Billionaire Wants His Own Town, Go Figure

Musk has big plans for Bastrop and they involve dumping 50 million gallons of wastewater into the Colorado every year (Photo by Creative Commons / Maggie Q. Thompson)

Elon Musk has been espousing his vision to create a “utopia” in Texas for a while now. In Tesla’s October 2022 stockholders meeting (yuck) Musk said he wanted to create an “ecological paradise” in Travis County.

His vision seems to have slipped a little farther southeast and abandoned the “ecological” and “paradise” parts.

The Wall Street Journal reported Thursday that Musk is planning to build his own town on some of the thousands of pasture and farmland acres he recently purchased in Bastrop County. In meetings with landowners, Musk and his employees describe his vision as a utopia along the Colorado River where Musk’s employees can live and work.

Of course a “utopia” or “paradise” centered on the Colorado probably doesn’t bring to mind images of hundreds of thousands of gallons of wastewater being poured into said river, but that is evidently what Musk and his people envision. Musk-owned tunneling company the Boring Co. has applied to the Texas Commission on Environmental Quality (TCEQ) for permission to discharge up to 140,000 gallons of industrial treated wastewater into the Colorado every day.

That’s how Bastrop local Chap Ambrose, whose house overlooks Musk’s property, found out about this utopian vision – a letter from TCEQ informing him of his neighbor’s wastewater request and of his own ability to publicly comment on the request. Led by Ambrose, a grassroots coalition of Musk’s neighbors called Keep Bastrop Boring hosted a meeting March 8 at the Bastrop Public Library to share their research, and their plans to show up at the TCEQ’s public meeting to discuss the Boring permit 7pm, March 21 at the Hampton Inn in Bastrop. (Anyone can comment.)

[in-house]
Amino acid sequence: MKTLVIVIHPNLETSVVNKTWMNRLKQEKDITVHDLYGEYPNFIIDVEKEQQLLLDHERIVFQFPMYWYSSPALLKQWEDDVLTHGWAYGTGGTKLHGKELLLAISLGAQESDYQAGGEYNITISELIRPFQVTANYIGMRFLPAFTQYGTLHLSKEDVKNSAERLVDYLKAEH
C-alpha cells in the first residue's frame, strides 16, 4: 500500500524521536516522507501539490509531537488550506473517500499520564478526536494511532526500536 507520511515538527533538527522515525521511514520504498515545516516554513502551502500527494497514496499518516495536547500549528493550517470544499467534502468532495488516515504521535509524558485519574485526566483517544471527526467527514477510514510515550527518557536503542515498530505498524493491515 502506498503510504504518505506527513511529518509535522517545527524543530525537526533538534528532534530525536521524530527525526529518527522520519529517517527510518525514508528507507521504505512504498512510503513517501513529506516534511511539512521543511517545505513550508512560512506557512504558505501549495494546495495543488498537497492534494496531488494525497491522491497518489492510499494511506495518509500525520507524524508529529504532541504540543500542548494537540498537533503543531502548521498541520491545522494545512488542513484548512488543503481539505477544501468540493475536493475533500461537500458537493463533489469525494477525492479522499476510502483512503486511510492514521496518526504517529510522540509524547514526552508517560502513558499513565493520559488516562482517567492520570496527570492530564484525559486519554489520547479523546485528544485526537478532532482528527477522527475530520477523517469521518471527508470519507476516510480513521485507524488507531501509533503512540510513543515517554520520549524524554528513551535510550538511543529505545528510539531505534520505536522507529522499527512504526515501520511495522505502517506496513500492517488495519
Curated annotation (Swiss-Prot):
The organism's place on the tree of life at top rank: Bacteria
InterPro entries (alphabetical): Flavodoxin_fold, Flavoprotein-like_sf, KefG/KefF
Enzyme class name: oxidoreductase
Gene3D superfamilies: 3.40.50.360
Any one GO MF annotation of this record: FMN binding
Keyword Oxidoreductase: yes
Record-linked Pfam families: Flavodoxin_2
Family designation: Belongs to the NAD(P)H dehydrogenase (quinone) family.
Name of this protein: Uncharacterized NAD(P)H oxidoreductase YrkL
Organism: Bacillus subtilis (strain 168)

This is just the latest in not-helpful ideas Musk has presented in Central Texas. In April last year, we reported that ten Austin city employees flew out to Las Vegas to meet with representatives of the Boring Co. in relation to potential tunnels needed for Project Connect, although Boring Co. has no experience with public transit systems. That communication seemed to fizzle out, as have the many projects Boring Co. has attempted with cities nationwide.

So what’s the deal with Musk city? Boring Co. employees leaked to the WSJ that Boring Co. president, Steve Davis, had discussed the need to hold an election for mayor during a large meeting of Boring employees last year. WSJ’s sources also described a visual mock-up of a Musk town, and reported that Musk, his ex Grimes, Kanye West and West’s architectural designer all discussed the Musk town last year.

Under Texas law, Musk will need at least 201 residents before a town can apply to incorporate, and then it needs approval from a county judge. A Bastrop County spokesperson told the WSJ that they haven’t received an application from Musk or any of his businesses, although documents filed in the Bastrop County Commissioners Court in January include plans for 110 homes near a Boring Co. construction site.

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